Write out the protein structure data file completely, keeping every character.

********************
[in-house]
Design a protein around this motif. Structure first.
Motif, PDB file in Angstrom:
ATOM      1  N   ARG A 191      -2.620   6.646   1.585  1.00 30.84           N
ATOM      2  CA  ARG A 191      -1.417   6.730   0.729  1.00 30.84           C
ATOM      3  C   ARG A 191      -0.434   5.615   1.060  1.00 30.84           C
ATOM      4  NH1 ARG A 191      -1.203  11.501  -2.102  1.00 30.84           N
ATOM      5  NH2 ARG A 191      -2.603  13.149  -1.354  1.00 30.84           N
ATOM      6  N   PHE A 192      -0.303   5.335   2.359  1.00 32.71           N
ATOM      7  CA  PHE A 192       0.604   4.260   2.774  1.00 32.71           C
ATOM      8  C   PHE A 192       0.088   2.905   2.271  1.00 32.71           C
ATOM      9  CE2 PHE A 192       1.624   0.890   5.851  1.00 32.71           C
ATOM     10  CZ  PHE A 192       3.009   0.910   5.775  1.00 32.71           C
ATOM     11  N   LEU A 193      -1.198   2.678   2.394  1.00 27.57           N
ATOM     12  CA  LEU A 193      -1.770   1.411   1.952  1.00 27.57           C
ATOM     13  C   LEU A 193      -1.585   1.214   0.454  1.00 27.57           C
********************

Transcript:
[in-house]
Design a protein around this motif. Structure first.
Motif, PDB file in Angstrom:
ATOM      1  N   ARG A 191      -2.620   6.646   1.585  1.00 30.84           N
ATOM      2  CA  ARG A 191      -1.417   6.730   0.729  1.00 30.84           C
ATOM      3  C   ARG A 191      -0.434   5.615   1.060  1.00 30.84           C
ATOM      4  NH1 ARG A 191      -1.203  11.501  -2.102  1.00 30.84           N
ATOM      5  NH2 ARG A 191      -2.603  13.149  -1.354  1.00 30.84           N
ATOM      6  N   PHE A 192      -0.303   5.335   2.359  1.00 32.71           N
ATOM      7  CA  PHE A 192       0.604   4.260   2.774  1.00 32.71           C
ATOM      8  C   PHE A 192       0.088   2.905   2.271  1.00 32.71           C
ATOM      9  CE2 PHE A 192       1.624   0.890   5.851  1.00 32.71           C
ATOM     10  CZ  PHE A 192       3.009   0.910   5.775  1.00 32.71           C
ATOM     11  N   LEU A 193      -1.198   2.678   2.394  1.00 27.57           N
ATOM     12  CA  LEU A 193      -1.770   1.411   1.952  1.00 27.57           C
ATOM     13  C   LEU A 193      -1.585   1.214   0.454  1.00 27.57           C